Drum slab and Bodhisattva sculpture from the Great Stupa of Amaravati
Artist: Murugesa Moodaliar (c. 1853)
Wash drawing by Murugesa Moodaliar of a carved drum slab and a Bodhisattva sculpture from the Great Stupa of Amaravati. This is one of 42 sheets (89 drawings) depicting sculpture from Amaravati and S. India. Inscribed with numbers 2 to 90 (1 is missing) and with measurements; signed:' P. Mooroogasa Moodr', dated c.1853.
The great Buddhist Stupa of Amaravati, the Maha chaitya, is one of the greatest architectural achievement of ancient India. The monument was situated on the outskirts of the town of Amaravati near the ancient ruined city of Dharanikota. It was founded in the 3rd-2nd centuries BC during Ashoka Maurya' reign and enlarged in the 1st-4th centuries AD under the Satavahana and Ikshvaku patronage. It attained the height of its glory in the 2nd century AD. It was a centre of religious activities for hundreds of years and then fell to disrepair. By the mid-1790s the ruin of the Great Stupa had deteriorated into a mound of rubble with fragments of sculpture scattered about. In 1797 the British colonel Colin Mackenzie heard about the site and visited it. He was able to return again only in March 1816. In the 19th century a series of excavations took place at the site. The monument is no longer standing at the site and has only survived in the collections of the Amaravati sculptures kept in various museums. Stupas are the most characteristic munuments of ancient Buddhism. The Mahacaitya of Amaravati consisted of a huge, solid dome standing on a cylindrical drum-like platform; the whole was surrounded by a great railing made of tall pillars separated by crossbars and crowned by a high decorated coping. The railing was completely covered with narrative reliefs and elaborate decoration. At each of the cardinal points there was a gateway. Between the railing and the drum there was a circumambulatory passageway. The enormous cylindrical drum was elaborately decorated with sculpture. The outer surface had a series of alternating slabs and pilasters. The slabs are carved in great detail with representations of the stupa and represent an invaluable source of information about the original aspect of the Great Stupa. In 1845 Sir Walter Elliot uncovered sculptures at Amaravati and sent them to Madras where they were left exposed on the green in front of the College. In 1853 the Court of Directors made enquiries about their condition and they were moved into the front entry of the newly founded Central Museum, Madras. Edward Balfour, the officer in charge of the Museum, commissioned the Rev. W. Taylor to report on them. It seems probable, in view of the water-marks, that these drawings were made for the Company at this time by an Indian draftsman, Murugesa Moodaliar. In 1859, one hundred and twenty-one Amaravati sculptures were sent to London, including the ones depicted here.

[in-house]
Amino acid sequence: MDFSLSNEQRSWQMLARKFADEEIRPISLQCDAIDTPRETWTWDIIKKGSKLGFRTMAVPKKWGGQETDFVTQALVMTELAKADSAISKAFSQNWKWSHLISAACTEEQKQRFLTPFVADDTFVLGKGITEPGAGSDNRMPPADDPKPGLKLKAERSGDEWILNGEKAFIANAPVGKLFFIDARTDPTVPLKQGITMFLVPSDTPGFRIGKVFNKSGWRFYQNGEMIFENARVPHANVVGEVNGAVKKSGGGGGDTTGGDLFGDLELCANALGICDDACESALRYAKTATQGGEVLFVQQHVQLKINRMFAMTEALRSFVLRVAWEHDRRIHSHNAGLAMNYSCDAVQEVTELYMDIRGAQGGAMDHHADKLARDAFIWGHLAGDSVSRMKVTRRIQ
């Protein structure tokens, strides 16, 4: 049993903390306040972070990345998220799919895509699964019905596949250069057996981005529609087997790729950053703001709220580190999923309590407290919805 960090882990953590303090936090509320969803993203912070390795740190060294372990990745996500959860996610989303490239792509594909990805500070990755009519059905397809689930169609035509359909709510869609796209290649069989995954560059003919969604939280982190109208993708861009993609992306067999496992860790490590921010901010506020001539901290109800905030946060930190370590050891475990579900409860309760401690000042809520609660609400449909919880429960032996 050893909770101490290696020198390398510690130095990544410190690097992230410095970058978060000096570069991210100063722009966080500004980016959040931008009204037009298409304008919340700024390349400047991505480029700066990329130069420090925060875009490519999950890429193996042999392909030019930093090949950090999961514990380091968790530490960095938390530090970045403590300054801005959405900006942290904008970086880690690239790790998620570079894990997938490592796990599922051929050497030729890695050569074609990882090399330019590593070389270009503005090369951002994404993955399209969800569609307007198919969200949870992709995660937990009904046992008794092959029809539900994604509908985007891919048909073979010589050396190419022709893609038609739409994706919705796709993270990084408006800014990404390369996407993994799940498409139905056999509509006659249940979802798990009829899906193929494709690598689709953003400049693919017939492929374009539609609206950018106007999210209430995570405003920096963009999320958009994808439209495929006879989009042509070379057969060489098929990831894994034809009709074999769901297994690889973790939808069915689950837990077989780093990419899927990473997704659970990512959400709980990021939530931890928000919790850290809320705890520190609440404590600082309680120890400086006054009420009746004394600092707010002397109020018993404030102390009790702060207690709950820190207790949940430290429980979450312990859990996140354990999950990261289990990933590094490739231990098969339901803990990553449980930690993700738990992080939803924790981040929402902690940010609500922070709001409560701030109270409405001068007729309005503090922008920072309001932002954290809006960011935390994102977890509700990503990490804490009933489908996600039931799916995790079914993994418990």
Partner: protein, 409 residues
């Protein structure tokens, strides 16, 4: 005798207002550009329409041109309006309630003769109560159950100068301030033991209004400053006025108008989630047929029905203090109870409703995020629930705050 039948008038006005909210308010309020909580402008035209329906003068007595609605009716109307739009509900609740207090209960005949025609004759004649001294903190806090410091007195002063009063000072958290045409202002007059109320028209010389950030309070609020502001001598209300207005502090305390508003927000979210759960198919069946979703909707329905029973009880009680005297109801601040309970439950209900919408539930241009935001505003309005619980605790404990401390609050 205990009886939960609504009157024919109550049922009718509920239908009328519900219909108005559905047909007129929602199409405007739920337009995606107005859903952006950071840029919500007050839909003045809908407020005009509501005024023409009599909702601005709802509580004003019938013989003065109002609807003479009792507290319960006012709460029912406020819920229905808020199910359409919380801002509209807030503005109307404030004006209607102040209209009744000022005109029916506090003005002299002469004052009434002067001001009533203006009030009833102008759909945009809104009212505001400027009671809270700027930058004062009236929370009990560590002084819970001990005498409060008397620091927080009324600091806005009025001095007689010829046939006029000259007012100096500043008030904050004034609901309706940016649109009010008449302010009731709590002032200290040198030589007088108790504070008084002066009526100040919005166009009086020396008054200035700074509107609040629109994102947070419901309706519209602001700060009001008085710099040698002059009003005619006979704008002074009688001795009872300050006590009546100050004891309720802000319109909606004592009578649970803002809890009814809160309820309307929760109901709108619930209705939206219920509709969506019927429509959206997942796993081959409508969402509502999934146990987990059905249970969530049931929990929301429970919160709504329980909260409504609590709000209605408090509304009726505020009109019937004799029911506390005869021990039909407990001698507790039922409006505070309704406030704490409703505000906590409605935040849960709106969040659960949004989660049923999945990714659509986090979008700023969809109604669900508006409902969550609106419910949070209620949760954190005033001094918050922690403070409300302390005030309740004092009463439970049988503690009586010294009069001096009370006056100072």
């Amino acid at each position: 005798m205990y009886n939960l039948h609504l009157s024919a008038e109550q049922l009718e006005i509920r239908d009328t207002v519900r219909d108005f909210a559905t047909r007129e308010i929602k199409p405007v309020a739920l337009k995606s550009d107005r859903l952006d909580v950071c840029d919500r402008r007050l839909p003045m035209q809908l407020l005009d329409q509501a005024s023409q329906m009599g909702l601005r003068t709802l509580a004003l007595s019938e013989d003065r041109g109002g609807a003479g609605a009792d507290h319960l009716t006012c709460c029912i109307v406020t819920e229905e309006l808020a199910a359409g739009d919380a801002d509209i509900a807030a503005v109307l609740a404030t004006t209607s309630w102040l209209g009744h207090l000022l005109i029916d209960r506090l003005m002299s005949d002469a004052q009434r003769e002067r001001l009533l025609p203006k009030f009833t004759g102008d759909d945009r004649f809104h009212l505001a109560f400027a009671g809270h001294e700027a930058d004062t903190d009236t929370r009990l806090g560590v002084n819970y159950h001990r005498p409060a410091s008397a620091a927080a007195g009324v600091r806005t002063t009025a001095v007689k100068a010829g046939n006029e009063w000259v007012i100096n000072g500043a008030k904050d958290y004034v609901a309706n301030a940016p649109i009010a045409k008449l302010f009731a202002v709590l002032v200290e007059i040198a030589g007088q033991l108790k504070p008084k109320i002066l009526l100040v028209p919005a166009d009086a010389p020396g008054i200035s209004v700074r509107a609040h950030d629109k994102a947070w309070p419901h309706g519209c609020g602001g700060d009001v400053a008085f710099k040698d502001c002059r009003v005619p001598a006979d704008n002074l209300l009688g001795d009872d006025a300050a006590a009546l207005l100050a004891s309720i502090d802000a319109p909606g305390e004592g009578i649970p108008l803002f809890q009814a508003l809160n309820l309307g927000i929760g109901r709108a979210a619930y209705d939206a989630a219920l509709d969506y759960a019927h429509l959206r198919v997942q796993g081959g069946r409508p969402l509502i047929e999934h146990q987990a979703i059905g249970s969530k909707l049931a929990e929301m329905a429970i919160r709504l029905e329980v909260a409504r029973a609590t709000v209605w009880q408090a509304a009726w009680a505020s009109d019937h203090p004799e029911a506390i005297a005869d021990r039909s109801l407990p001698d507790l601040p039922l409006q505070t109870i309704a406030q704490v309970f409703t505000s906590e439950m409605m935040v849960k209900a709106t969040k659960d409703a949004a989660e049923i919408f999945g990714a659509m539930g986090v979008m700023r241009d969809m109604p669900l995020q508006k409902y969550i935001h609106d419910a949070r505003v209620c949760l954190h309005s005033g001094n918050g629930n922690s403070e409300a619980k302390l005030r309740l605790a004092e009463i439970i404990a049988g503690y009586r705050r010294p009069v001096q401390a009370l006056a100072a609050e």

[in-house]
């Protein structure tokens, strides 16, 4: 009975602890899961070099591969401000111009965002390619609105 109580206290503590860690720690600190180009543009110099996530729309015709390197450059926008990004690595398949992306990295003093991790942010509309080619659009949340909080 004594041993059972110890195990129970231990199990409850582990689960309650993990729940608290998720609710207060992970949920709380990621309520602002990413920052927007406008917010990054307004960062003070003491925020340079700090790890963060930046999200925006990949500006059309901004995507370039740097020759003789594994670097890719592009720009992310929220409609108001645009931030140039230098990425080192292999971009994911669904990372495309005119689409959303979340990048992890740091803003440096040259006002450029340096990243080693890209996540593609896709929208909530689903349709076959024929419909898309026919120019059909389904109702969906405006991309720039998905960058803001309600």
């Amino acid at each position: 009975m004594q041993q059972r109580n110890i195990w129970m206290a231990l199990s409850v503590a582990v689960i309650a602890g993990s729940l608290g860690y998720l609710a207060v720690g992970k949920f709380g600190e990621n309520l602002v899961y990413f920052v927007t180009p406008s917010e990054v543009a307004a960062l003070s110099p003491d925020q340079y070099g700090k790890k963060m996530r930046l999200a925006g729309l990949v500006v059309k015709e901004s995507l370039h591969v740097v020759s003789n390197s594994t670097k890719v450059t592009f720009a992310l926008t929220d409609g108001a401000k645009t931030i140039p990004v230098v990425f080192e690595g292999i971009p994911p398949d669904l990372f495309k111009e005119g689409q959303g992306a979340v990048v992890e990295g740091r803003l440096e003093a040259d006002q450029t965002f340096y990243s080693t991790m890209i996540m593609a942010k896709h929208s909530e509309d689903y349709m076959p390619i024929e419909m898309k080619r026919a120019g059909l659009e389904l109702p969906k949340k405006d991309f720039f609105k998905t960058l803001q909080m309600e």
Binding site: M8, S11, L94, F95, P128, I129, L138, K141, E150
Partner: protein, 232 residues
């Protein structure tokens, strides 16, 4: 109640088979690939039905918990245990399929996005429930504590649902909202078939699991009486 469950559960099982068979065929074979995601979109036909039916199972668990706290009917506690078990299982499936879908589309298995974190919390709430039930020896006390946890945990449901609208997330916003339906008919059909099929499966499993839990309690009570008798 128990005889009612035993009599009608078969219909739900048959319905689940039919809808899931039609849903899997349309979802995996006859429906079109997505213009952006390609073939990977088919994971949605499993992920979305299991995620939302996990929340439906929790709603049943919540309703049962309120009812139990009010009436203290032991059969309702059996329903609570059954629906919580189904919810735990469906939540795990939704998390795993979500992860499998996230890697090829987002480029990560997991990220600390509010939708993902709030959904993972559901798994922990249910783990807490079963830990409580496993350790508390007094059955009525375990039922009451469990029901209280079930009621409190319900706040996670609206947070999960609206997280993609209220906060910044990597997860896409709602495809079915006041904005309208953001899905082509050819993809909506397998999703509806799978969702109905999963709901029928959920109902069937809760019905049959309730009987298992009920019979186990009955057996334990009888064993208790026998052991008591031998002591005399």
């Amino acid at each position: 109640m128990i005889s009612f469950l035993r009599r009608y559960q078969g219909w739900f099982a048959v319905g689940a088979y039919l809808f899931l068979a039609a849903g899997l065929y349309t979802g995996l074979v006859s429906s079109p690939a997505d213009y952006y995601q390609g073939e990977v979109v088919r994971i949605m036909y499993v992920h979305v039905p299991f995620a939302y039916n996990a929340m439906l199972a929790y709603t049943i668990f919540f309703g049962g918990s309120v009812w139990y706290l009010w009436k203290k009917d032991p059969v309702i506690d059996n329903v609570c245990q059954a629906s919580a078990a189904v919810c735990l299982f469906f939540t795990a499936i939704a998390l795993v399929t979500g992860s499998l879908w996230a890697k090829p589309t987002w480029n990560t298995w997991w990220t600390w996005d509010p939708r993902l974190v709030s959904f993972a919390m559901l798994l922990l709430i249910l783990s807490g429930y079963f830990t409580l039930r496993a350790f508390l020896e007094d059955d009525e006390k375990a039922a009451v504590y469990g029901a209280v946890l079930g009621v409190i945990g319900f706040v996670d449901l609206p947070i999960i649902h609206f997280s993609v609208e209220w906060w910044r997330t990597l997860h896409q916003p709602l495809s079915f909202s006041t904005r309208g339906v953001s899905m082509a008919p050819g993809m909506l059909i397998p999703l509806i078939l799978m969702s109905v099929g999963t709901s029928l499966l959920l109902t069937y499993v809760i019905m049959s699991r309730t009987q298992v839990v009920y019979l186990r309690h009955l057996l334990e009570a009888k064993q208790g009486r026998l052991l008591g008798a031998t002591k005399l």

The drawing No.2 depicts a drum slab carved in high relief in two registers. The lower register depicts a figure of Cakravartin or Universal King seated on a throne surrounded by servants. In the uper register the Cakravartin is depicted raising his right hand to strike his left fist to produce a shower of coins which can be noticed carved on the background. The king is flanked by two female figures on his right while on his left stand two males next to an elephant and a horse, both symbols of the Cakravartin. The relief has been assigned to the first phase of the highest period of sculptural activity at Amaravati, the 2nd century AD.
The drawing No.3 depicts the Bodhisattva Manjusri seated on a low throne with his right hand in abhaya mudra (protection gesture) and his left hand holding a lotus. This sculpture has been assigned to a later period of sculptural activity at Amaravati, c.8th century AD.